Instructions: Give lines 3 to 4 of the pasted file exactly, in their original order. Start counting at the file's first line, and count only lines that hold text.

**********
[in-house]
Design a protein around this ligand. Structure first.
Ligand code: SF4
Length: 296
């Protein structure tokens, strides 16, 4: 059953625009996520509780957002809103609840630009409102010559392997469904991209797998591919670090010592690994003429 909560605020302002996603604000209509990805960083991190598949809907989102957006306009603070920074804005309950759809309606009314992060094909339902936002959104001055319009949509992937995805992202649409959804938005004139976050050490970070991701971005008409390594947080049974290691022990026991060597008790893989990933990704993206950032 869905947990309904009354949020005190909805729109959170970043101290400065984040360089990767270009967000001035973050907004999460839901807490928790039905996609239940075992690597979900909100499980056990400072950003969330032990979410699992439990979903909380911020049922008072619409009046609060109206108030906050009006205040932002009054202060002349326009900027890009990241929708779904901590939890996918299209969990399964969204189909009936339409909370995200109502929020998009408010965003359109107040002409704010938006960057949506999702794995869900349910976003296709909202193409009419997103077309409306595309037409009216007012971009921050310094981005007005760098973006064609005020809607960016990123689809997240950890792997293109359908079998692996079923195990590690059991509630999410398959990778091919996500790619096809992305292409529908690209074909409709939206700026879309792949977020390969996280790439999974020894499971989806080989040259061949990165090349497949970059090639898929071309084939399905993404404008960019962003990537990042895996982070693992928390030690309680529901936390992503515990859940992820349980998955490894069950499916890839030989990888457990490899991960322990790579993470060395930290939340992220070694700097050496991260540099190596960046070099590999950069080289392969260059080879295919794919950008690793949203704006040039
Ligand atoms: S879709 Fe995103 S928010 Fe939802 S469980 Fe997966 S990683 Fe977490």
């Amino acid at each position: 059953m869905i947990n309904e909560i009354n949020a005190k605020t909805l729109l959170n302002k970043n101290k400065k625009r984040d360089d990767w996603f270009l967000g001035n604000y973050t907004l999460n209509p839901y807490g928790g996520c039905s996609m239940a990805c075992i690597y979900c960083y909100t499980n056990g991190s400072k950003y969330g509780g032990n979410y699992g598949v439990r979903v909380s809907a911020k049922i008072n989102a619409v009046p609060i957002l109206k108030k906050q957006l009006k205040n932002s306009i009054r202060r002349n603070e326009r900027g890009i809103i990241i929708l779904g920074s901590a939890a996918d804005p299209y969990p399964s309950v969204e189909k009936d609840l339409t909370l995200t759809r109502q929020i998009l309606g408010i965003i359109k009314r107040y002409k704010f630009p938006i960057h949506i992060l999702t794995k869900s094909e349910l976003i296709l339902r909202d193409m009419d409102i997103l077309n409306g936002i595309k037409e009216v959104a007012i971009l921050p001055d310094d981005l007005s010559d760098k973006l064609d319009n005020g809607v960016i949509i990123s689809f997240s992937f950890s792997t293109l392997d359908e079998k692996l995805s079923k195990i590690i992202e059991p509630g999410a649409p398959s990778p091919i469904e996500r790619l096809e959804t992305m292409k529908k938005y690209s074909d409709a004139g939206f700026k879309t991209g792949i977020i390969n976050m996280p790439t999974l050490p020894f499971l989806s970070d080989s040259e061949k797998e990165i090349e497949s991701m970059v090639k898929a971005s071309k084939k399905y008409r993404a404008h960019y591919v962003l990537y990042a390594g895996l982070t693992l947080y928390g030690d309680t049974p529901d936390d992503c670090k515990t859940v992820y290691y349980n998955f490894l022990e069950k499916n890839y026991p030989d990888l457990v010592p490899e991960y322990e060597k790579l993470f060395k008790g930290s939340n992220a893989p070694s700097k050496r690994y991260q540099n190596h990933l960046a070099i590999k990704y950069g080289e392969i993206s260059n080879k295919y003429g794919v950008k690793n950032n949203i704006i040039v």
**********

Ligand code: SF4
Length: 296